Is Digicert's continued use of the "Distrusted" certificates for code signing still valid?

Sean Mullan sean.mullan at
Thu Jun 27 15:19:54 UTC 2019

Hi Bert,

Thanks for your post. We will be looking into it further and hope to 
have a more detailed response in a few weeks.


On 6/25/19 2:08 PM, Bert Eisen wrote:
> Hello,
> I’m trying to understand why Digicert are still issuing signing 
> certificates from the distrusted Symantec root CAs and as a consequence 
> if the java code signing is still meaningful?  I know for sure that they 
> are still issing certificates from the distrusted "thawte Primary Root 
> CA - G3" root, because i'm trying to verify the signing certificate that 
> has just been issued to the company that I work for.
> The root CA’s were distrusted by Google following the discovery of a 
> number of invalid certificates incorrectly issued by Symantec and their 
> partners[1].  And the subsequent investigation by Google reviled that 
> Symantec’s partners were allowed to issue certificates without 
> appropriate controls or adequate security processed.  It would appear 
> that only certificates used for protecting websites are listed in the 
> Sectigo search engine [<>], thus it is 
> unclear what other types of certificates have been issued.  Ultimately 
> this means that you should not “Trust” any certificate issued from those 
> roots.
> According to the Thawte Certification practice statement v3.7.20[2], (as 
> refernced by the G3 root certificate,) it describes the CA as being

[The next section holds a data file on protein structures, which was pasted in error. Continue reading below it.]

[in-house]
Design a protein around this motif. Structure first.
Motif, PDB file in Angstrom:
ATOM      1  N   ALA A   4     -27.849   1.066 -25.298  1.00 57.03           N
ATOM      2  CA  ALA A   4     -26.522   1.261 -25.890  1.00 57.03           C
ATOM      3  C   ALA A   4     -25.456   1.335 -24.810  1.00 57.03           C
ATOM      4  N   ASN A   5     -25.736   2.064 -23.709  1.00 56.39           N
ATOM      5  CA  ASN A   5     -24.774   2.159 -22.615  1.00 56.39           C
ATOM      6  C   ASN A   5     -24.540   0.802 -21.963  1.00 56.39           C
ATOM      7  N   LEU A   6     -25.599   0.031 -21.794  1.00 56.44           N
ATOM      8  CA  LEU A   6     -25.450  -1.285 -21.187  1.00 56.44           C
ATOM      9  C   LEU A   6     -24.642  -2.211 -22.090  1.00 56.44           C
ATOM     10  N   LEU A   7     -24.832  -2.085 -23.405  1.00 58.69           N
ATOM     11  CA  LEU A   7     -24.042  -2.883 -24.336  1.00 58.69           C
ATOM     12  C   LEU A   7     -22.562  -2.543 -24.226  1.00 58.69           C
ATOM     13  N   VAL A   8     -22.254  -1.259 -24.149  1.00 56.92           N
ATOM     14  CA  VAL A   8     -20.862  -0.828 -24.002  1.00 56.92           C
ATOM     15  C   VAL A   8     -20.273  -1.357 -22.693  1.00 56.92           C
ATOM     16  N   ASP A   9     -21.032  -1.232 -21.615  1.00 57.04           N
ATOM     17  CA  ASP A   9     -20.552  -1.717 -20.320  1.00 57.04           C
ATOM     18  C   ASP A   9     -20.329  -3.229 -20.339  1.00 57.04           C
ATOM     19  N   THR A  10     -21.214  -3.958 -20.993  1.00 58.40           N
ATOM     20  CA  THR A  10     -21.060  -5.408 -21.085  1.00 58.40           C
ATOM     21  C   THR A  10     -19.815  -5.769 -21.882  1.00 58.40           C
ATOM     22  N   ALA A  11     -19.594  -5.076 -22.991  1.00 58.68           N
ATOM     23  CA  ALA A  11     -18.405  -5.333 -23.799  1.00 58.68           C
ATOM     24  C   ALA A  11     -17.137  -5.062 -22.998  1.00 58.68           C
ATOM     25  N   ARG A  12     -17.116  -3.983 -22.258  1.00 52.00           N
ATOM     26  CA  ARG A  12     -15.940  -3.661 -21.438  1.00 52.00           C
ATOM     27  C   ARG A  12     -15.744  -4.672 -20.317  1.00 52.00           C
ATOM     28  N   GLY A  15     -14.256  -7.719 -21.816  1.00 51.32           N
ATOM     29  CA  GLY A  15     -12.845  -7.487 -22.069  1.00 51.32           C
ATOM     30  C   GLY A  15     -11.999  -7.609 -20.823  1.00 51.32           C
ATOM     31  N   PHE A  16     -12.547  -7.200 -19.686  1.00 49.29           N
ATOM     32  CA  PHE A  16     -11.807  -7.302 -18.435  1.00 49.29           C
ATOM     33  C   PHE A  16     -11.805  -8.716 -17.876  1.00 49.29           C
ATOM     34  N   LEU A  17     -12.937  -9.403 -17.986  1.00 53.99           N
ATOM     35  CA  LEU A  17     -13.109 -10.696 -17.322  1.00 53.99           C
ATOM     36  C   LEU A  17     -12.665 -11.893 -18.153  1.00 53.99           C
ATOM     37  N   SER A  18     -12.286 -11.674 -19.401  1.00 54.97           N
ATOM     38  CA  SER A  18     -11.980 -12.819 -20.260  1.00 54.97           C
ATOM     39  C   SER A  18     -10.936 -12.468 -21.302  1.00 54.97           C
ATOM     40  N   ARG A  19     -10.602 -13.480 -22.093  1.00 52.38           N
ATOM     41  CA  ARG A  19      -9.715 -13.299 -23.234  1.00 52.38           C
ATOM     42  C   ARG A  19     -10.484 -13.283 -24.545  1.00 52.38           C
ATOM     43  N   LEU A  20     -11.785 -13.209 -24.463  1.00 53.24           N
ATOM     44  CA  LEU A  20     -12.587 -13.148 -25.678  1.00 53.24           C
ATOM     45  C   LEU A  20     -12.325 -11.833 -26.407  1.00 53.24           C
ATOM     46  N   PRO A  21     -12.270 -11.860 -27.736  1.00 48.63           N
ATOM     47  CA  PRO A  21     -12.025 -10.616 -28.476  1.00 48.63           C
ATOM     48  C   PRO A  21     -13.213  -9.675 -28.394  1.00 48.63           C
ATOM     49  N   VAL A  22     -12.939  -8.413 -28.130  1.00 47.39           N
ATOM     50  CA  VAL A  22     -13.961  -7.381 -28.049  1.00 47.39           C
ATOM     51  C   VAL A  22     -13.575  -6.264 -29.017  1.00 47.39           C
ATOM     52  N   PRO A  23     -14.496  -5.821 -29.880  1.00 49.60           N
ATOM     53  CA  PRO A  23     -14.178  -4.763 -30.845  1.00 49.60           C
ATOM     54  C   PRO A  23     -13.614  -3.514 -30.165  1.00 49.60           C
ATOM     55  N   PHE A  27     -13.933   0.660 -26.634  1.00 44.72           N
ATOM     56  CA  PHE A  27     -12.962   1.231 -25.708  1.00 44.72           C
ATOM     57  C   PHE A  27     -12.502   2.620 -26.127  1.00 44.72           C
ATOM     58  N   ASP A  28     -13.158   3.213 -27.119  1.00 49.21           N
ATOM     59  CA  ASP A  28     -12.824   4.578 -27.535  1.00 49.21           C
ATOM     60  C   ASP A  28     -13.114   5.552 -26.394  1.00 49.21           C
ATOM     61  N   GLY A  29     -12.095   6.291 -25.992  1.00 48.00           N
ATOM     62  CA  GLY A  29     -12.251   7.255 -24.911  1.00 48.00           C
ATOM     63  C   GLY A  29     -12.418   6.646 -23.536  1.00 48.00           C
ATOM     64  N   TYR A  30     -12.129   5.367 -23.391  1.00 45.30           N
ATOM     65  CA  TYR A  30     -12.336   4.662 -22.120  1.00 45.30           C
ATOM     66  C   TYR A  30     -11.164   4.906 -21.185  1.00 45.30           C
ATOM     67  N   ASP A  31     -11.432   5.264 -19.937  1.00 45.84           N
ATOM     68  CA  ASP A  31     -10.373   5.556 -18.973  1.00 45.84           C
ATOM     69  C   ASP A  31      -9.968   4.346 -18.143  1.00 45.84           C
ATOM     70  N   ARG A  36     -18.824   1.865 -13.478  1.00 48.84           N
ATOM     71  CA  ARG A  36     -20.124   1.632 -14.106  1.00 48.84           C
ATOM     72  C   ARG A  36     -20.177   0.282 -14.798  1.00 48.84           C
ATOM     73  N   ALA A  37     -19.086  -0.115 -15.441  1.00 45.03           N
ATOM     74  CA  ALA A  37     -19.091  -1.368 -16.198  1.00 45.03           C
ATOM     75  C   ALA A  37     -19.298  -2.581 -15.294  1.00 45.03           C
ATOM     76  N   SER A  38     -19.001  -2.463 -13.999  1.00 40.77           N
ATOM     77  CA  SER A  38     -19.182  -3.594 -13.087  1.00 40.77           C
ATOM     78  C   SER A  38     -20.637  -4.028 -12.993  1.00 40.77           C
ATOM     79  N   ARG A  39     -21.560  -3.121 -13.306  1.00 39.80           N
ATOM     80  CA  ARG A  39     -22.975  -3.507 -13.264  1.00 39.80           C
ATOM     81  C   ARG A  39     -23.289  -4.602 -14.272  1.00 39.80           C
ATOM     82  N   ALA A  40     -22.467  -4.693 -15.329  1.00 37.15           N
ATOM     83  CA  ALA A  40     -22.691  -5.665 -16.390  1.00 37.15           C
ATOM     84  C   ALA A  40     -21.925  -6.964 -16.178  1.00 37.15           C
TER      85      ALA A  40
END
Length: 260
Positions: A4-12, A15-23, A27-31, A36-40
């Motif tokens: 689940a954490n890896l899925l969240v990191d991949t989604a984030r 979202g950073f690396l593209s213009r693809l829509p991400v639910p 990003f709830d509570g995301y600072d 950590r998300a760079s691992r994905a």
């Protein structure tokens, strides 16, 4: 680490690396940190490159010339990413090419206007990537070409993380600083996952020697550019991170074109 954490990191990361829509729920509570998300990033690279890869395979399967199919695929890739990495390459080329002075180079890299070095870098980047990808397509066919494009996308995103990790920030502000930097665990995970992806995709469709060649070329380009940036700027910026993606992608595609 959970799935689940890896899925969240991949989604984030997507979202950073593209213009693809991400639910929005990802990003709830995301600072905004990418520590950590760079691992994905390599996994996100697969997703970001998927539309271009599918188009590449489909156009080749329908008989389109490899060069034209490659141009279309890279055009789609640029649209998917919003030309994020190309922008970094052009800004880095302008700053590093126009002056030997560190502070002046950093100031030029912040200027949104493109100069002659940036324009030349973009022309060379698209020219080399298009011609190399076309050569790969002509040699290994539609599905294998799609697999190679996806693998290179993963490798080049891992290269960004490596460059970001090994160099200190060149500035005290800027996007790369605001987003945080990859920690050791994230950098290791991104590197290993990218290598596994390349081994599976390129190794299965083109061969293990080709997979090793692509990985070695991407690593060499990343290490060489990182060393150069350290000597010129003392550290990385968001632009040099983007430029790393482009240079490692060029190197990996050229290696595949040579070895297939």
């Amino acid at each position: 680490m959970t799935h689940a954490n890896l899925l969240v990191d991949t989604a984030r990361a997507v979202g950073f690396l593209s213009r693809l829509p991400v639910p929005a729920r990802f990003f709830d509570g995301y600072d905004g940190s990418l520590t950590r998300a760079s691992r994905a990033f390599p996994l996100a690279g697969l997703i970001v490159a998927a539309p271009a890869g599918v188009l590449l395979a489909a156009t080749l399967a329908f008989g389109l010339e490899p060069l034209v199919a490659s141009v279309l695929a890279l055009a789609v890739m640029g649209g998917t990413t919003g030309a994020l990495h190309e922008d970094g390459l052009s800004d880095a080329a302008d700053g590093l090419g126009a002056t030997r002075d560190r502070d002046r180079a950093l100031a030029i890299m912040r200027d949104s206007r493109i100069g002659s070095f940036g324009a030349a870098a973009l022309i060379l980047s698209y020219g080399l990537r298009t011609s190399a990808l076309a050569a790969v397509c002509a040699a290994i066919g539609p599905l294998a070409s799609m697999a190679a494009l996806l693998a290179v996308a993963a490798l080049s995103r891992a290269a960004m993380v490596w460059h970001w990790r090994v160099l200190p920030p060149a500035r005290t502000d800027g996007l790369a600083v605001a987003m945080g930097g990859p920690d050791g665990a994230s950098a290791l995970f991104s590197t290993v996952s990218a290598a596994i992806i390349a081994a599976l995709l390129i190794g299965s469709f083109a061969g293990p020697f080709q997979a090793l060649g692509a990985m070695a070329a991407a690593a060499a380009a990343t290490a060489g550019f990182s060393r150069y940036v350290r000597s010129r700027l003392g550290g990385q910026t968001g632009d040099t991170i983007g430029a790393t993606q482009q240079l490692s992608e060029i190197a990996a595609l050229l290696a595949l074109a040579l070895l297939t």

> “inactive”.  In addition the policy document also describes the 
> intermediate code signing certificate “thawte SHA256 Code Signing CA - 
> G2” has having have a daily updates to its CRL, but the URL seems to 
> point to the wrong crl distribution list, which is only being updated 
> every 3 months.
> Which brings us onto the java code signing.  In response to the Googles 
> distrust statement, the JDK and the SunJSSE provider has been updated[3] 
> to explicitly reject TLS sessions rooted in the affected CAs, however it 
> stopped short of removing the CA’s completely.  This means that jar 
> files signed by the affected roots are still considered valid and pass 
> all verification checks without warning.
> Given that the Trust has been eroded from the affected roots, a third 
> party can no-longer believe with certainty that the signed code hasn’t 
> been tampered with or has originated from the party named in the 
> certificate.  As such I believe that digicert should not be continuing 
> to issue certifcates from those CAs and that java (and other platforms) 
> should deprecate the use of the affected CA’s.  At the very least the 
> the JDK shoud warn of code and other artefacts that have been signed 
> since the distrust date.
> Regards
> Bert
> [1] 
> <>
> [2] 
> <>
> [3] 
> <>

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